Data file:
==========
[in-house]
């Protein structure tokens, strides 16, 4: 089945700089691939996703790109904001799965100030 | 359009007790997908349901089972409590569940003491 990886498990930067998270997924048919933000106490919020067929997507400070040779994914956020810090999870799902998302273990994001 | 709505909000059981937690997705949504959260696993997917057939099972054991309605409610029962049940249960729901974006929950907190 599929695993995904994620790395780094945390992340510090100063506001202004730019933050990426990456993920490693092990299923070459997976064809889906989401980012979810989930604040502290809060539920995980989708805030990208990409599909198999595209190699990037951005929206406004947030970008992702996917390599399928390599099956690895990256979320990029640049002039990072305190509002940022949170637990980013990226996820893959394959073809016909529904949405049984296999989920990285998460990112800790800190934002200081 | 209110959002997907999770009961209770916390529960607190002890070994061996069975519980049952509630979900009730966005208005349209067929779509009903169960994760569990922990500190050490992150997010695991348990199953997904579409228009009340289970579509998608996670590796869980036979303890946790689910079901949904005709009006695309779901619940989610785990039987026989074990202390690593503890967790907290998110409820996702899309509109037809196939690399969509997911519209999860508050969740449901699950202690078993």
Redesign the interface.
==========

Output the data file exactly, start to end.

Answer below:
[in-house]
């Protein structure tokens, strides 16, 4: 089945700089691939996703790109904001799965100030 | 359009007790997908349901089972409590569940003491 990886498990930067998270997924048919933000106490919020067929997507400070040779994914956020810090999870799902998302273990994001 | 709505909000059981937690997705949504959260696993997917057939099972054991309605409610029962049940249960729901974006929950907190 599929695993995904994620790395780094945390992340510090100063506001202004730019933050990426990456993920490693092990299923070459997976064809889906989401980012979810989930604040502290809060539920995980989708805030990208990409599909198999595209190699990037951005929206406004947030970008992702996917390599399928390599099956690895990256979320990029640049002039990072305190509002940022949170637990980013990226996820893959394959073809016909529904949405049984296999989920990285998460990112800790800190934002200081 | 209110959002997907999770009961209770916390529960607190002890070994061996069975519980049952509630979900009730966005208005349209067929779509009903169960994760569990922990500190050490992150997010695991348990199953997904579409228009009340289970579509998608996670590796869980036979303890946790689910079901949904005709009006695309779901619940989610785990039987026989074990202390690593503890967790907290998110409820996702899309509109037809196939690399969509997911519209999860508050969740449901699950202690078993």
Redesign the interface.